30. The Night of the Oscars Was Filled With Suspense
Tensions ran high on the night of February 26, 1942, when the 14th Annual Academy Awards were held in Los Angeles. It would be a night that would live in infamy for decades afterward. Both Fontaine and de Havilland were nominated alongside established stars like Barbara Stanwyck and Bette Davis for the Best Actress trophy, but that night, all eyes were on them.
31. She Won the Oscar—But It Brought Even More Trouble
Finally, presenters announced the prize for Best Actress—and Fontaine was the winner. The story of what really happened next has remained in contention ever since that night. Many claimed that Fontaine straight-up snubbed her sister and refused to acknowledge her when she went up to accept the award. A dejected de Havilland was visibly humiliated by her sister’s heartless recoil.
32. They Claimed Her Win Was Disingenuous
Many considered Fontaine’s win at the Oscars that year was a sort of “sympathy win” to make up for her having lost the year before for Rebecca. Between the two films, Rebecca was much more beloved and popular. Watching her sister win for an inferior movie must have twisted the knife for de Havilland even more.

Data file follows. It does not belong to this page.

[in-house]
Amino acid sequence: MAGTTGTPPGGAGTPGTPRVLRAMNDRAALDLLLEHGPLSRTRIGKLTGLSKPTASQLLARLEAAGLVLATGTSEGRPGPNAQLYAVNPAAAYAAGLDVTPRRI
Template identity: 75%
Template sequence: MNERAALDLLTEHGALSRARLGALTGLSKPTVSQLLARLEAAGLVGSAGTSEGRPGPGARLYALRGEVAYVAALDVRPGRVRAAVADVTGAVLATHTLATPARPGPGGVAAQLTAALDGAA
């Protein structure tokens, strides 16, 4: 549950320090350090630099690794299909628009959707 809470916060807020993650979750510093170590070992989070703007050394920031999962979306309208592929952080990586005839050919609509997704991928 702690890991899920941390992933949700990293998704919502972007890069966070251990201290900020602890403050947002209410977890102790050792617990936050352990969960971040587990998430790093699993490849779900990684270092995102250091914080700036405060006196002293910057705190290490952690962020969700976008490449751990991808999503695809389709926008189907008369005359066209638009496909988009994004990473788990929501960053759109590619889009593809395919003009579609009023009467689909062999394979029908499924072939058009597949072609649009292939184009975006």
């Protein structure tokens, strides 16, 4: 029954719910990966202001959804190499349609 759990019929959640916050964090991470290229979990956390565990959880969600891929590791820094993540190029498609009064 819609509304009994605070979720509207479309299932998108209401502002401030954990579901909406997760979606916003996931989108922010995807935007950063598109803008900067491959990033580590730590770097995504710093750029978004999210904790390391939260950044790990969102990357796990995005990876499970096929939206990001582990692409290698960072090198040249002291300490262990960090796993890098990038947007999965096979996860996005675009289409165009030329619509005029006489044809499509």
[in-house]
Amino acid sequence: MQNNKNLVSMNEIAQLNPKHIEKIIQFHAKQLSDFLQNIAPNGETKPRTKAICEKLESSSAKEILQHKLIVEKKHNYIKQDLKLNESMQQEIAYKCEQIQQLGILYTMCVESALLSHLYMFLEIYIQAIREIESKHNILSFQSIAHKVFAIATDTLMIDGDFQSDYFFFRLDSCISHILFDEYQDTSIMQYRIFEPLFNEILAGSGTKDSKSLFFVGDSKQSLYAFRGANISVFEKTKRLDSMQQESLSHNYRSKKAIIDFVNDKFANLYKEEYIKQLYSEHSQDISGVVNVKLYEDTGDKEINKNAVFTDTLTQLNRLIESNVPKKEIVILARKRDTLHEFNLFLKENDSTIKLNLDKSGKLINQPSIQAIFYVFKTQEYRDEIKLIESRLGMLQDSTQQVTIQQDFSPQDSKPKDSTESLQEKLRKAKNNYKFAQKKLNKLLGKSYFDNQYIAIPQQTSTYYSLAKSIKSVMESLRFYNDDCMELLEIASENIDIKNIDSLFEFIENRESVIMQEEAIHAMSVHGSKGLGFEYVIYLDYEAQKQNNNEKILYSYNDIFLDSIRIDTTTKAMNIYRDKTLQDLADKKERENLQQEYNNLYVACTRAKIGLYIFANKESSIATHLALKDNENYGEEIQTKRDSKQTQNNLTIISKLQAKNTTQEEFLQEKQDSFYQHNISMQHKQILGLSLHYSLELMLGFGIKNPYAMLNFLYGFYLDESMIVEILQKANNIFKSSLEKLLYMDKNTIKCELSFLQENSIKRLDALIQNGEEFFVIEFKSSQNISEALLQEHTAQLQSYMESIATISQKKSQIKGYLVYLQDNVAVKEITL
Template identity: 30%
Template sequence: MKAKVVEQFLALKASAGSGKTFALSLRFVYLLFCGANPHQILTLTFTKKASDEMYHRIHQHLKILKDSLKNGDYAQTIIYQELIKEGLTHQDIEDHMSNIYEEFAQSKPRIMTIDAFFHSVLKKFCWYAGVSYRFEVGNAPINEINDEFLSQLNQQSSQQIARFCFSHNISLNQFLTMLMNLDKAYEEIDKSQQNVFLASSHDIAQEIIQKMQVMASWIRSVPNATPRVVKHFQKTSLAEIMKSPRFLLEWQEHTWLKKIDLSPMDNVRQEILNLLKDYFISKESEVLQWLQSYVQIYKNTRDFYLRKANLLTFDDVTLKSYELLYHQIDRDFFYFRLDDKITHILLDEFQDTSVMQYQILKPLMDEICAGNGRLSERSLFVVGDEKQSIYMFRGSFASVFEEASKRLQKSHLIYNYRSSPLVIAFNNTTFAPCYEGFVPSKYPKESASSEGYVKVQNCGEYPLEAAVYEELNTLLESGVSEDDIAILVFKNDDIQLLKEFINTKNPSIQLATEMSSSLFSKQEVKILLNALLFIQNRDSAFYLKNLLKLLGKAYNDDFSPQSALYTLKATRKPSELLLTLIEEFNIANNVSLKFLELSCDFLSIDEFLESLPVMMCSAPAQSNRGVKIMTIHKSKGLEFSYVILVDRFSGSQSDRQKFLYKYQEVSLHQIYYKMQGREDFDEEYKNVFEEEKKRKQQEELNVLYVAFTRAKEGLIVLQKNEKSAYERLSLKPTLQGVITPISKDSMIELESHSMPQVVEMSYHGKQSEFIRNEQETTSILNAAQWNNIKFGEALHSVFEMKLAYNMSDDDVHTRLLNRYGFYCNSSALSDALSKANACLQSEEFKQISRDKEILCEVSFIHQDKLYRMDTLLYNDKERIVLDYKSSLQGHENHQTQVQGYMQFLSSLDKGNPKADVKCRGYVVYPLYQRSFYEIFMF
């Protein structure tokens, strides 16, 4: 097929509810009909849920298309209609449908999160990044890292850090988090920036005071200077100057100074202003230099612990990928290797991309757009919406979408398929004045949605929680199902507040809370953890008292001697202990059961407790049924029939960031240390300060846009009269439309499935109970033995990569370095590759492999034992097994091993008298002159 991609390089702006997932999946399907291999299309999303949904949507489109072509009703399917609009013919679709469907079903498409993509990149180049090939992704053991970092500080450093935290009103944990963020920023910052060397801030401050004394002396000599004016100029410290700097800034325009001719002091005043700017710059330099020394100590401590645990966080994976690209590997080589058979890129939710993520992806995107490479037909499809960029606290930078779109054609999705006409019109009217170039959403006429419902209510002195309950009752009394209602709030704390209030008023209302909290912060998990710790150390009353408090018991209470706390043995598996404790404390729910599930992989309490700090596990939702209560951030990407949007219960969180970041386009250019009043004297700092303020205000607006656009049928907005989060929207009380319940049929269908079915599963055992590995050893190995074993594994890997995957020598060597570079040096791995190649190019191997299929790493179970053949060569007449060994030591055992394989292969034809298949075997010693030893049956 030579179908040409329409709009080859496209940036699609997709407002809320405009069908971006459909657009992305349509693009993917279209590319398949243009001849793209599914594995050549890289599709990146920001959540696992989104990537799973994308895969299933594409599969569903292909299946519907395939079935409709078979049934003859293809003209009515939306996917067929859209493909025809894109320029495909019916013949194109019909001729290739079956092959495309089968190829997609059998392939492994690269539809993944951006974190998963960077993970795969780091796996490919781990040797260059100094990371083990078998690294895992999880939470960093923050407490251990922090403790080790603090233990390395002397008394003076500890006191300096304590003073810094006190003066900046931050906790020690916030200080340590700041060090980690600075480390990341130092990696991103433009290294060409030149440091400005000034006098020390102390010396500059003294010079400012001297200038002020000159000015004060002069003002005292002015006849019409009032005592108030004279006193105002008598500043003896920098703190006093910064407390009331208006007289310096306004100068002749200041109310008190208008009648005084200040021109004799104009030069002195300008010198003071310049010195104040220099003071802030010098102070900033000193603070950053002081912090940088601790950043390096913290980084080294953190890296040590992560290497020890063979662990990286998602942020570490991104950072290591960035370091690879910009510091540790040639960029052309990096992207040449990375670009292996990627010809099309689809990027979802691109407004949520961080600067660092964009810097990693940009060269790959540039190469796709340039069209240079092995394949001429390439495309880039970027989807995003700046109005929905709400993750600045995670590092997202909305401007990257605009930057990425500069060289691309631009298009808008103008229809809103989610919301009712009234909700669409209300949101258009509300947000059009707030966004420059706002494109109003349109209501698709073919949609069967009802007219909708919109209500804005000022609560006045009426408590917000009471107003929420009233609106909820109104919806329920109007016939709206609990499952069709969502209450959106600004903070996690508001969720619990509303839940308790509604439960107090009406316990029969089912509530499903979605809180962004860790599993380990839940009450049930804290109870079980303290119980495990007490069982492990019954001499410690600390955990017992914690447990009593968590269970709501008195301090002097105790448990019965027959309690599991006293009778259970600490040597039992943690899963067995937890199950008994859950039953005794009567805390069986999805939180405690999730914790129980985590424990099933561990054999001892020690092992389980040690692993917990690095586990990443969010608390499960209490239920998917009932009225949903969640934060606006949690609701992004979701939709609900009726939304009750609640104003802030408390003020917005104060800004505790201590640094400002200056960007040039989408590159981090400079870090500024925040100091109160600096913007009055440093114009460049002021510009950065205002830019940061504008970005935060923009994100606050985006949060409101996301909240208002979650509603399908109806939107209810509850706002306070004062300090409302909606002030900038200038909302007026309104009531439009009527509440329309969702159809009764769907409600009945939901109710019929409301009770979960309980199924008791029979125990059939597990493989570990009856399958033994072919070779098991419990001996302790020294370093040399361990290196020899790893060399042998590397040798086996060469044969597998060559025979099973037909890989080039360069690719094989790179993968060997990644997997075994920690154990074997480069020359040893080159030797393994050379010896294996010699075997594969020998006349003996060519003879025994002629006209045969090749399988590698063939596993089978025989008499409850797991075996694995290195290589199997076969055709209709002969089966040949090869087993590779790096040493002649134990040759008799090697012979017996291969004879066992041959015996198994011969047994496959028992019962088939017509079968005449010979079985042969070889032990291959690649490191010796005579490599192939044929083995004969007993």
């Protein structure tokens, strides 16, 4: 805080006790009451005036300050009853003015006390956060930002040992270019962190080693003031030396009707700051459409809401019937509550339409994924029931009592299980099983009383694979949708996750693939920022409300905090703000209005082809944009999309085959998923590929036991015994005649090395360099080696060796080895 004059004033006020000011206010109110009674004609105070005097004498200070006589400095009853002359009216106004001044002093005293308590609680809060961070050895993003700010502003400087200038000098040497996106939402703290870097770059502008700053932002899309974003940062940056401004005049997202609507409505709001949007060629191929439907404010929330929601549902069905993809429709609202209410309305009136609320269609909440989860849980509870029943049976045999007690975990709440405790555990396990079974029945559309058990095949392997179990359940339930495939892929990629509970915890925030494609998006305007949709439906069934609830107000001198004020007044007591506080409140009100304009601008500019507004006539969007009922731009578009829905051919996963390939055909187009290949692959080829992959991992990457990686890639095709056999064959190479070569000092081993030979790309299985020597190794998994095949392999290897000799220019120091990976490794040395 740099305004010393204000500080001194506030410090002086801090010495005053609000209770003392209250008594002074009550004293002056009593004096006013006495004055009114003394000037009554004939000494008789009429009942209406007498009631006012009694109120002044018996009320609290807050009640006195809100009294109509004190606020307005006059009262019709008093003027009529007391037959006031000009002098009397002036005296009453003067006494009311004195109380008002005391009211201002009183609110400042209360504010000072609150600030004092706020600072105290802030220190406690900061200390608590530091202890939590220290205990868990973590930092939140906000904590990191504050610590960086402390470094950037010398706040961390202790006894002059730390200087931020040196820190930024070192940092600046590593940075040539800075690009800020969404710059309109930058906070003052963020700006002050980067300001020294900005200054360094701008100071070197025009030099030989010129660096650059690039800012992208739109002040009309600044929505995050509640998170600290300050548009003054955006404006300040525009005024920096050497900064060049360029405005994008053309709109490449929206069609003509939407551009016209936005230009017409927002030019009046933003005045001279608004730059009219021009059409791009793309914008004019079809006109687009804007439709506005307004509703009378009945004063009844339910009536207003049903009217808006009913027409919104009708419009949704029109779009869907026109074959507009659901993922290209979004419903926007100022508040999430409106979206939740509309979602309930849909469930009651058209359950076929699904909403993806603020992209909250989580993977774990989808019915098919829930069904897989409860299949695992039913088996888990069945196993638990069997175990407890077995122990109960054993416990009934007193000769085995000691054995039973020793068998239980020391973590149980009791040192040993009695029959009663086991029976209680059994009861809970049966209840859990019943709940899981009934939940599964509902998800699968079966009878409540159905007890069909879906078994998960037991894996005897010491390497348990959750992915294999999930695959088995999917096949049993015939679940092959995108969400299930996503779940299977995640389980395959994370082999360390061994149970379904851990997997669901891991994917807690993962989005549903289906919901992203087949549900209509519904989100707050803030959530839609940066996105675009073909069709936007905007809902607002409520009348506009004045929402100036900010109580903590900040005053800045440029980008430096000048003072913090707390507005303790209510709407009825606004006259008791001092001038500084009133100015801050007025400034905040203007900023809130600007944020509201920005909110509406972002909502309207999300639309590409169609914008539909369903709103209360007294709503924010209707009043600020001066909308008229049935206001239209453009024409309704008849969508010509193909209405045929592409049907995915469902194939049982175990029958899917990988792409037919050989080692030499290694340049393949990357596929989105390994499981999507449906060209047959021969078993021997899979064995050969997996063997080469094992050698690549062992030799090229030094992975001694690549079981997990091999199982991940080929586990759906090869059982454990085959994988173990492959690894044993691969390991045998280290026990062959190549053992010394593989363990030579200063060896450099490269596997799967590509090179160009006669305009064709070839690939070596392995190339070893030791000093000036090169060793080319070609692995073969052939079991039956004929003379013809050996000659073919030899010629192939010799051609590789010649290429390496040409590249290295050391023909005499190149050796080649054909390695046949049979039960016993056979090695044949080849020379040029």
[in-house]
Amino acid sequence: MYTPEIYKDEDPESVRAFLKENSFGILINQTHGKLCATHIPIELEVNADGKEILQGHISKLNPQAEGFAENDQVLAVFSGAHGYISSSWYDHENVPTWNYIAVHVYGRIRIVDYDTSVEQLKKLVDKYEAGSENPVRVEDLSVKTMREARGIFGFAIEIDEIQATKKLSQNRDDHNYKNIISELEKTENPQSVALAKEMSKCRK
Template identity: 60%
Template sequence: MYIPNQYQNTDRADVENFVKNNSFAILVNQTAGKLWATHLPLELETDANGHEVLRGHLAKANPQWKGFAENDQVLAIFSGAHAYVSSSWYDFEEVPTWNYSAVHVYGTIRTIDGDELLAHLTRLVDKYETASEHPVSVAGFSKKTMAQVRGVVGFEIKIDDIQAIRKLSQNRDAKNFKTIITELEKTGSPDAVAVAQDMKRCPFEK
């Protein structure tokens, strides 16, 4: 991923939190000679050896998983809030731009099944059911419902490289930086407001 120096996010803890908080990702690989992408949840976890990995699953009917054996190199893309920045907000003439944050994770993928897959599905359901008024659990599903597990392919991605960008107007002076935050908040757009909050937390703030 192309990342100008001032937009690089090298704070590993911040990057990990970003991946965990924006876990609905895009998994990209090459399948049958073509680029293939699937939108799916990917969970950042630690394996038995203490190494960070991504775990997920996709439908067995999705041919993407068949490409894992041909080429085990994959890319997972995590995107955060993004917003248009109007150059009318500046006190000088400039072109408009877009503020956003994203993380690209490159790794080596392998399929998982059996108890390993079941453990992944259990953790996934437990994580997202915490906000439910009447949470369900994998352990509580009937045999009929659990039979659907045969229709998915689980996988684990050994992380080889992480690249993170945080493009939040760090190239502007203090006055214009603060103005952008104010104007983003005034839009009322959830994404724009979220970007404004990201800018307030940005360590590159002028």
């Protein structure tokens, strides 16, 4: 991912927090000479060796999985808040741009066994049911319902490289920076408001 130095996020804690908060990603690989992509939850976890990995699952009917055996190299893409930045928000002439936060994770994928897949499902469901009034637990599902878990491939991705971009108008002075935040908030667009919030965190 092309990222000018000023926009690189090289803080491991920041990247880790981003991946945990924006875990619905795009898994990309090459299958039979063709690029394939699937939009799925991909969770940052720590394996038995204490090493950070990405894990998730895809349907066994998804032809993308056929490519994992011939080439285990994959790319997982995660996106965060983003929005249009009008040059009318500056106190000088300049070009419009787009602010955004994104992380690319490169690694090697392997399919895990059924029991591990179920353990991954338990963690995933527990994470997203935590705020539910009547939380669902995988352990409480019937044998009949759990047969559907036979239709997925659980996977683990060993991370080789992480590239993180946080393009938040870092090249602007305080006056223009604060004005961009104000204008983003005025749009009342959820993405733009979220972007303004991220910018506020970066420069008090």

33. She Has Her Own Account of That Infamous Night
The accepted story of that night is that Fontaine snubbed her older sister when de Havilland tried to congratulate her. However, Fontaine claimed in her autobiography that that account was not true at all. She said that she was in shock the moment she heard her name, and that de Havilland was the one to break her out of this spell and compel her to get onstage.
Fontaine also claimed to be “appalled” to have won over her sister, who was much more career-minded than she was.
34. There Are Multiple Stories About What Happened That Night
In another account of that night, de Havilland was said to have exclaimed, “We got it!” when Fontaine’s name was announced—only for Fontaine to completely ignore her. No matter what happened though, it’s clear that it was a turning point in the sisters’ ongoing feud.
35. She Was Finally a Star—But at What Cost